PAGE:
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not over, who don't allow it to become be done and over, also know that democracy needs friends right now. and this country we had the extraordinary event on memorial day of hearing the american president refer to our democracy as being in peril. professor, we deal with this topic every day. but it's like the frog boiling experiment. it's not being treated as an emergency. it's kind of a ruling benign event. should it be treated as an emergency? >> it should be treated as a constant challenge. these two segments are connected. look at mr. putin, we think about the assassination of people like boris -- and anna -- . these were people who are trying to find out the truth about basic issues in russia. the truth about chechnya. the truth about ukraine. by the seeing token, we want to avoid becoming like that. we have to have leaders who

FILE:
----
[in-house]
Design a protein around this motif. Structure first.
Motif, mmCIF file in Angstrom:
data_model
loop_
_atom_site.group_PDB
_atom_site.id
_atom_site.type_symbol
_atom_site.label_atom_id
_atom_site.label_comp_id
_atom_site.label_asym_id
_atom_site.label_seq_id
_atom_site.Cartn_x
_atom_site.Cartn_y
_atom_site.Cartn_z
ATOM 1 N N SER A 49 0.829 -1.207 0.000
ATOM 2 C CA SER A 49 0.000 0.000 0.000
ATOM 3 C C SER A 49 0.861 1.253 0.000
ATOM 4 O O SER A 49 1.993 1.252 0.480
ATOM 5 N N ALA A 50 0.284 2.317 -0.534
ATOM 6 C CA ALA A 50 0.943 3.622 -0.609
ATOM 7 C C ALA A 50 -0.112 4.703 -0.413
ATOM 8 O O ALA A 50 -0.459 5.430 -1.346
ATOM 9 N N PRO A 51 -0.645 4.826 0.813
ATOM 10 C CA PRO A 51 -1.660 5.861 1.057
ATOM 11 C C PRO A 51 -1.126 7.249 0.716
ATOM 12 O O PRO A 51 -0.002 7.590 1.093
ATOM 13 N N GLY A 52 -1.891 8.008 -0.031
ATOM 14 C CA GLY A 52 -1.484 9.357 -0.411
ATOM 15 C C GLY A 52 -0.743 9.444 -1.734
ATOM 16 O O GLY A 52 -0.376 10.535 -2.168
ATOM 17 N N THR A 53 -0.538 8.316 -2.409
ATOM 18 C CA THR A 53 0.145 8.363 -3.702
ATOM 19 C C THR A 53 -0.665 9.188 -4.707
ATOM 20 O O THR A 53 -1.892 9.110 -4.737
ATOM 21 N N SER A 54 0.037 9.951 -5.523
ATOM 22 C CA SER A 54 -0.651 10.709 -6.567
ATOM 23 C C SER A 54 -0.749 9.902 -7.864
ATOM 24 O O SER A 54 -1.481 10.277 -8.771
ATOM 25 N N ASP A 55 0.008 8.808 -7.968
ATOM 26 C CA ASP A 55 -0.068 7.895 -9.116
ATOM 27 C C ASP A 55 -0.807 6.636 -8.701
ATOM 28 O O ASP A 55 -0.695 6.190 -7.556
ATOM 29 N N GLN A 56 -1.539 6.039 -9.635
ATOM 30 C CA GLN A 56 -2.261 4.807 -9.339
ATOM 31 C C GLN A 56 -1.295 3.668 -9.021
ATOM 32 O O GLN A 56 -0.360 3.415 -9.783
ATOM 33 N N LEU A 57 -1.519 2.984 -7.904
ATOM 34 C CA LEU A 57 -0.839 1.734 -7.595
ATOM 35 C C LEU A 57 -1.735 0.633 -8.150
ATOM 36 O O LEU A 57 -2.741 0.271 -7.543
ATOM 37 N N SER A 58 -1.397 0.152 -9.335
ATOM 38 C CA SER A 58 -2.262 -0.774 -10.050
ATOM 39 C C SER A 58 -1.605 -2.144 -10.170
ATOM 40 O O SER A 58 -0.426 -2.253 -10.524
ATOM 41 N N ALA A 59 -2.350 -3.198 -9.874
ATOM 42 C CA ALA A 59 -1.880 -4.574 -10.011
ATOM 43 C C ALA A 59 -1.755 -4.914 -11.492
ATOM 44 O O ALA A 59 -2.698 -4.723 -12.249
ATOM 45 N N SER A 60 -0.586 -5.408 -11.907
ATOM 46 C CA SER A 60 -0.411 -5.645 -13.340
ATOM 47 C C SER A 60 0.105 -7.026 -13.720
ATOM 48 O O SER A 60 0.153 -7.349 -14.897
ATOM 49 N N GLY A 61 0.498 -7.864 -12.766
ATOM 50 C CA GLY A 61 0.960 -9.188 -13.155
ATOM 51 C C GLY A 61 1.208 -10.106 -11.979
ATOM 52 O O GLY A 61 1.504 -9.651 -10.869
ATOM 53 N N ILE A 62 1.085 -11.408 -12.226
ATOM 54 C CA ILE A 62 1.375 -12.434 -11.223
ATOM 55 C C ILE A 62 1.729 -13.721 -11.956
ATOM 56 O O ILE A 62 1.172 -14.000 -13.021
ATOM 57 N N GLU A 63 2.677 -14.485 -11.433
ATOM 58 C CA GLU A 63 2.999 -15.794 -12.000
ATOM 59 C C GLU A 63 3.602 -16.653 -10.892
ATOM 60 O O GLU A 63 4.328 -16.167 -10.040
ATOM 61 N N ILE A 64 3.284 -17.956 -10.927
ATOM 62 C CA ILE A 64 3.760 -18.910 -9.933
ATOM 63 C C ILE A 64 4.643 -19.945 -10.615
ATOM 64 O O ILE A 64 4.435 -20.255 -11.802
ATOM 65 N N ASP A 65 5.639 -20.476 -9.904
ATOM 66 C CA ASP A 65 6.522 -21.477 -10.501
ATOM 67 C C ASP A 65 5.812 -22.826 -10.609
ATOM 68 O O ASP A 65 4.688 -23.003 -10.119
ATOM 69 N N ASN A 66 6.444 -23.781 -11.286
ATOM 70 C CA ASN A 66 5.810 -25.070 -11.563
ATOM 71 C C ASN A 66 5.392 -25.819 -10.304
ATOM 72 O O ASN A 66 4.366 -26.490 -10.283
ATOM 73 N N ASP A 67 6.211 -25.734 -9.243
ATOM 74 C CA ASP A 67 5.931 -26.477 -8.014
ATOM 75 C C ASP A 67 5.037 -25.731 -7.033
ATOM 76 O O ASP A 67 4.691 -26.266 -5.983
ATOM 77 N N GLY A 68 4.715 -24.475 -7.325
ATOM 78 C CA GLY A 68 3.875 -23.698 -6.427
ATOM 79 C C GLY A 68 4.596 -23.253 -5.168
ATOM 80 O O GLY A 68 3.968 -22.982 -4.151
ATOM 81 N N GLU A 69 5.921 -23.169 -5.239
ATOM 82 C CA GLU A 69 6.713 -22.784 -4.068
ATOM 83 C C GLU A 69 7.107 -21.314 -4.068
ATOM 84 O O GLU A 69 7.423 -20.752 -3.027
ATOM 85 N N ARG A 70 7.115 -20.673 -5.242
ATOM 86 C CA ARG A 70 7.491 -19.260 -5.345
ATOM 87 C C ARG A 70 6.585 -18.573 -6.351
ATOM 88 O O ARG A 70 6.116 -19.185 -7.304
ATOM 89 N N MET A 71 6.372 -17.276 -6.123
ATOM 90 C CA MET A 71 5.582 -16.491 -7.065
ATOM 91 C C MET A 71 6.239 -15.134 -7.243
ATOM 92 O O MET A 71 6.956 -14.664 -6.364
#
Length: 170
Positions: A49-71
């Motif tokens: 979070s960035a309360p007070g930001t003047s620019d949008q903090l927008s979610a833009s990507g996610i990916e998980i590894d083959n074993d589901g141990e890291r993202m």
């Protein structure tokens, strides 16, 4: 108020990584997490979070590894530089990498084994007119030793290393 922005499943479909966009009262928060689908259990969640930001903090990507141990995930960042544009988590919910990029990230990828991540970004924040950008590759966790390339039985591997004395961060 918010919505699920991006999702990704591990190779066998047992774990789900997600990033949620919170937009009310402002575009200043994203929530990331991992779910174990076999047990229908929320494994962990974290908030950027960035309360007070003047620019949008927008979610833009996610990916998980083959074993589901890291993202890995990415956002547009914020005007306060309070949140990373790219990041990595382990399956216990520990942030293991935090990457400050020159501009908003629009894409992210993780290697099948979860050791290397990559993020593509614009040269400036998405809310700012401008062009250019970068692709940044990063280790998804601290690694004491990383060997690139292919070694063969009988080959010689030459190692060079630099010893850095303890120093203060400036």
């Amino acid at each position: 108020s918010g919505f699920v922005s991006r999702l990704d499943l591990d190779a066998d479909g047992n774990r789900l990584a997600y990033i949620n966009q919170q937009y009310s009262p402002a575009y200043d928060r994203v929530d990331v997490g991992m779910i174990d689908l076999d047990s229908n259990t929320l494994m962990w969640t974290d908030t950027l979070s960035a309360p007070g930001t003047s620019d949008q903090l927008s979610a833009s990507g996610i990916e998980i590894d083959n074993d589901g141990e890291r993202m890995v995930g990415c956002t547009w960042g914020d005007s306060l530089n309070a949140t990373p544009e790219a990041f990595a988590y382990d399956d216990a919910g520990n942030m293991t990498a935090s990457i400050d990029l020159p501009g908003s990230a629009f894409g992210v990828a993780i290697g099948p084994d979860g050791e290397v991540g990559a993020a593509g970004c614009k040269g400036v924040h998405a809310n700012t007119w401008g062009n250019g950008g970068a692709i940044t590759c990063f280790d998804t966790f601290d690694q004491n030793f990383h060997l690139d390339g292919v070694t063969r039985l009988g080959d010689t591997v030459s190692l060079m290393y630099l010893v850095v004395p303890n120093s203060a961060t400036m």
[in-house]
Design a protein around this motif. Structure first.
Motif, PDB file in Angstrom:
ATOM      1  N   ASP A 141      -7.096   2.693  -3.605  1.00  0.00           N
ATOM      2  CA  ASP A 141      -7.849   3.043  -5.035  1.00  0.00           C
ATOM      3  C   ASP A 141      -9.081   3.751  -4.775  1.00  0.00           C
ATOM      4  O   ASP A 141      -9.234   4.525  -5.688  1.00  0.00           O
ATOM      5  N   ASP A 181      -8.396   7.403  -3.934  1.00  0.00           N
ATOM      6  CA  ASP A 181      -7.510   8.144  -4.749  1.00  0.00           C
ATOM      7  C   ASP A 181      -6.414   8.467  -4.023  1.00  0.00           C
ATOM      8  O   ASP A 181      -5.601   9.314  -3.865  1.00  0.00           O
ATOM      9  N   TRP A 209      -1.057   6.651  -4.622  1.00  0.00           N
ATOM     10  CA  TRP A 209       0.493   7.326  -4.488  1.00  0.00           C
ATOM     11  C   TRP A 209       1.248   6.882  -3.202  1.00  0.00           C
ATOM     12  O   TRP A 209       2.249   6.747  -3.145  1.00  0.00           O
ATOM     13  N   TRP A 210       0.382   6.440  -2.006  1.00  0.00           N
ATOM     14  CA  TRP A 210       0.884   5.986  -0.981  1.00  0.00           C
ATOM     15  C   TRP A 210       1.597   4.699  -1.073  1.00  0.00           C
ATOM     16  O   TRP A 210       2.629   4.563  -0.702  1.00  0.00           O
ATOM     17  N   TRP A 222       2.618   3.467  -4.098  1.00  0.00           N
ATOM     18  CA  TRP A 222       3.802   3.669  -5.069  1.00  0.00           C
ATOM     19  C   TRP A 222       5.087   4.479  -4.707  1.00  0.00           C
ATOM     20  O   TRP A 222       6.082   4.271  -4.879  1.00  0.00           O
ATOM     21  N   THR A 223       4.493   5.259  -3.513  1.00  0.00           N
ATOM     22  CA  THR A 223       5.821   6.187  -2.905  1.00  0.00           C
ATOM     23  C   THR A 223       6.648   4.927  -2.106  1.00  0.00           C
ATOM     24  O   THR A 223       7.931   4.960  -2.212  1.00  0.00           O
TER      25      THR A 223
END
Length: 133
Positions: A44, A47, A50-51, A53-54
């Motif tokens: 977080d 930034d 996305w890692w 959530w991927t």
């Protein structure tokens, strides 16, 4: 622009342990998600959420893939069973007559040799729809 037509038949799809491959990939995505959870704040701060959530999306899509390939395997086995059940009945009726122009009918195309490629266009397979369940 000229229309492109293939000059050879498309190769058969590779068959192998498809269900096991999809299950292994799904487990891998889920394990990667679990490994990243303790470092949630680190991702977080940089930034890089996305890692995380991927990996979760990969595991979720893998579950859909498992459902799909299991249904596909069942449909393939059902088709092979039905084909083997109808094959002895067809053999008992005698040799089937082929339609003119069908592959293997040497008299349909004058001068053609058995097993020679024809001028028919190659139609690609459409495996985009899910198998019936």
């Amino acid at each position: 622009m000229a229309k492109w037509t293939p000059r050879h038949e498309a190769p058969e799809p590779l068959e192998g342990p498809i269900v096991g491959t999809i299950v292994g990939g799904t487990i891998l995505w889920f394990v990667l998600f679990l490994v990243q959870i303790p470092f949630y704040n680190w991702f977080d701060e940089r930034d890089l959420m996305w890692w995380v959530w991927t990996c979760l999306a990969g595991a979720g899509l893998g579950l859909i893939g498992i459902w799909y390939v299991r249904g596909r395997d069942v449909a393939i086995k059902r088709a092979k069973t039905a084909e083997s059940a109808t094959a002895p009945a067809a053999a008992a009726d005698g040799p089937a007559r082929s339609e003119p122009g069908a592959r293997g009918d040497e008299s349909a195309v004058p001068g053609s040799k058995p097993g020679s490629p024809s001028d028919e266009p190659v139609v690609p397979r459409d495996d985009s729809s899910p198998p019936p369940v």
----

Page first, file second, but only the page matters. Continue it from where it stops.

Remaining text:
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instead of hiding the truth, what the truth to be, exposed as a clearly and early and in as many ways as possible. if we don't have a 9/11 commission, then ngos have to step in, congress has to step in, because if you miss your own history, if you can't tell your own story, then your story gets told for you. at our story for a lot of americans is now being told through the prism of this big lie. the big lie that trump supposedly actually won the election. and that line leads people to close their minds to other people. and it leads a political party to move away from democracy. so i would say, constant challenge. always a challenge. >> how do you get a basically trusting society, ours, operating with a first amendment to be more skeptical of what they see. if you know what to look for on social media, you know the sites that the russians are boosting. it's any bad news.